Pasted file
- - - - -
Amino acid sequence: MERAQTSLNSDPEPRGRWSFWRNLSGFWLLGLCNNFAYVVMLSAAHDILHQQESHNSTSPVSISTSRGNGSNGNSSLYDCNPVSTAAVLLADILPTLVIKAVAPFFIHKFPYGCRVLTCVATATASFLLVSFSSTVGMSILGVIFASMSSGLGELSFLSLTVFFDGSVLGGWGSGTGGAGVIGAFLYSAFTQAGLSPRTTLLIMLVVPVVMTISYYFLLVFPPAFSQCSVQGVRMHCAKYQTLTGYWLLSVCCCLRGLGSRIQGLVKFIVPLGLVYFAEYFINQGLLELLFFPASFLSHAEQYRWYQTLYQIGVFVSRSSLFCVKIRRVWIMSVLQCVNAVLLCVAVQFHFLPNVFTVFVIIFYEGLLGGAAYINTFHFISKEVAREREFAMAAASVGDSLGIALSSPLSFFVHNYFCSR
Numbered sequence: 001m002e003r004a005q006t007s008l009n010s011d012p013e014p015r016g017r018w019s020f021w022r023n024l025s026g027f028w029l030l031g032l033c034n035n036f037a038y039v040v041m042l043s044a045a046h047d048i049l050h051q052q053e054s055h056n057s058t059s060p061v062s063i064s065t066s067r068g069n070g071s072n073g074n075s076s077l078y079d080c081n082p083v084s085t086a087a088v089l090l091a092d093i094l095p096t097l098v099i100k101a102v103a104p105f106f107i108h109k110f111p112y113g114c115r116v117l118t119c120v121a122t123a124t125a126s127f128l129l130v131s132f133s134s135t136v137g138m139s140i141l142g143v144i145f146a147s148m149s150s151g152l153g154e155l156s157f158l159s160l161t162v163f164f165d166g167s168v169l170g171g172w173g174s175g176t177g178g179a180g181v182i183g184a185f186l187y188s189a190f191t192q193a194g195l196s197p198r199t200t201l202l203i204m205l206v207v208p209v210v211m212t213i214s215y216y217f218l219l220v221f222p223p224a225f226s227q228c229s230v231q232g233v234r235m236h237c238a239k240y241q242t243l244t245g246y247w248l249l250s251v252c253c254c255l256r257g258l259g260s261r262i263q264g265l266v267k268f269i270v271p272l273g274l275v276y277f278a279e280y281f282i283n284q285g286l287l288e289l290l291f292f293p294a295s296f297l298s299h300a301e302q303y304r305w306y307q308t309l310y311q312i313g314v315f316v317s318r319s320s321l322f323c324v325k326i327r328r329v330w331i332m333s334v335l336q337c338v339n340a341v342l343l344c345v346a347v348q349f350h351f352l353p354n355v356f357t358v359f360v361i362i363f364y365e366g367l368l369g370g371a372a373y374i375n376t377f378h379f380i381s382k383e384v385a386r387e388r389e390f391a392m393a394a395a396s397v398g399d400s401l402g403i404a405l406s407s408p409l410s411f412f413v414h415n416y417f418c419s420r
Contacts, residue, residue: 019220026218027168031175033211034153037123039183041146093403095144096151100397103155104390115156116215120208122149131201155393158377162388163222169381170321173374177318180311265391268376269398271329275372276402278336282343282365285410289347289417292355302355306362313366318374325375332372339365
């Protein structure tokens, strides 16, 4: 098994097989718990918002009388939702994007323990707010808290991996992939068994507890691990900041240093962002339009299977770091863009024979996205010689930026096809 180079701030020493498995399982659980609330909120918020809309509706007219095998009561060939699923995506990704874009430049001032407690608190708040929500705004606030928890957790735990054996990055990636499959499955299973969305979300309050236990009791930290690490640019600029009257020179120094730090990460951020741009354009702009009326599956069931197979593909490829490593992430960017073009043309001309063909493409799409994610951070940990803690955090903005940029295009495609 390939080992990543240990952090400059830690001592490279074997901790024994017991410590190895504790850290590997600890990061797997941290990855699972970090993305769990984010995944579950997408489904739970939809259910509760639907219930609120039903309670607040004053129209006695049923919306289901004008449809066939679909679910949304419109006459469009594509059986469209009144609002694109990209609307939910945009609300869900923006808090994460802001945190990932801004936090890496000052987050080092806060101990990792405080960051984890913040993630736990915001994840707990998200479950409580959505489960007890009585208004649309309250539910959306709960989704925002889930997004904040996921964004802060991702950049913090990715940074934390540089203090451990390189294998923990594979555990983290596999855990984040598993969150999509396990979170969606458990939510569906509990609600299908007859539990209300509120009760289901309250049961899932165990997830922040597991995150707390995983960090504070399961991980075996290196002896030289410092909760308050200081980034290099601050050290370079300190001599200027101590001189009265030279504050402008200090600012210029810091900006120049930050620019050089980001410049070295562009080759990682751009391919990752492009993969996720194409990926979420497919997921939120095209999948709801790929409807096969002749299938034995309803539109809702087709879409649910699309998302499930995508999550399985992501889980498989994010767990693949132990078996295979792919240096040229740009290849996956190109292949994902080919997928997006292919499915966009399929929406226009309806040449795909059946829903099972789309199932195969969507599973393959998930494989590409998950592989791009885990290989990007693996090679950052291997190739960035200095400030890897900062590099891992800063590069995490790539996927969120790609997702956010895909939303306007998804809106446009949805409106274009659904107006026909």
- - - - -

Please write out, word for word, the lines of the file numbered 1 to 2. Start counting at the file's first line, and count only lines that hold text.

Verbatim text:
Amino acid sequence: MERAQTSLNSDPEPRGRWSFWRNLSGFWLLGLCNNFAYVVMLSAAHDILHQQESHNSTSPVSISTSRGNGSNGNSSLYDCNPVSTAAVLLADILPTLVIKAVAPFFIHKFPYGCRVLTCVATATASFLLVSFSSTVGMSILGVIFASMSSGLGELSFLSLTVFFDGSVLGGWGSGTGGAGVIGAFLYSAFTQAGLSPRTTLLIMLVVPVVMTISYYFLLVFPPAFSQCSVQGVRMHCAKYQTLTGYWLLSVCCCLRGLGSRIQGLVKFIVPLGLVYFAEYFINQGLLELLFFPASFLSHAEQYRWYQTLYQIGVFVSRSSLFCVKIRRVWIMSVLQCVNAVLLCVAVQFHFLPNVFTVFVIIFYEGLLGGAAYINTFHFISKEVAREREFAMAAASVGDSLGIALSSPLSFFVHNYFCSR
Numbered sequence: 001m002e003r004a005q006t007s008l009n010s011d012p013e014p015r016g017r018w019s020f021w022r023n024l025s026g027f028w029l030l031g032l033c034n035n036f037a038y039v040v041m042l043s044a045a046h047d048i049l050h051q052q053e054s055h056n057s058t059s060p061v062s063i064s065t066s067r068g069n070g071s072n073g074n075s076s077l078y079d080c081n082p083v084s085t086a087a088v089l090l091a092d093i094l095p096t097l098v099i100k101a102v103a104p105f106f107i108h109k110f111p112y113g114c115r116v117l118t119c120v121a122t123a124t125a126s127f128l129l130v131s132f133s134s135t136v137g138m139s140i141l142g143v144i145f146a147s148m149s150s151g152l153g154e155l156s157f158l159s160l161t162v163f164f165d166g167s168v169l170g171g172w173g174s175g176t177g178g179a180g181v182i183g184a185f186l187y188s189a190f191t192q193a194g195l196s197p198r199t200t201l202l203i204m205l206v207v208p209v210v211m212t213i214s215y216y217f218l219l220v221f222p223p224a225f226s227q228c229s230v231q232g233v234r235m236h237c238a239k240y241q242t243l244t245g246y247w248l249l250s251v252c253c254c255l256r257g258l259g260s261r262i263q264g265l266v267k268f269i270v271p272l273g274l275v276y277f278a279e280y281f282i283n284q285g286l287l288e289l290l291f292f293p294a295s296f297l298s299h300a301e302q303y304r305w306y307q308t309l310y311q312i313g314v315f316v317s318r319s320s321l322f323c324v325k326i327r328r329v330w331i332m333s334v335l336q337c338v339n340a341v342l343l344c345v346a347v348q349f350h351f352l353p354n355v356f357t358v359f360v361i362i363f364y365e366g367l368l369g370g371a372a373y374i375n376t377f378h379f380i381s382k383e384v385a386r387e388r389e390f391a392m393a394a395a396s397v398g399d400s401l402g403i404a405l406s407s408p409l410s411f412f413v414h415n416y417f418c419s420r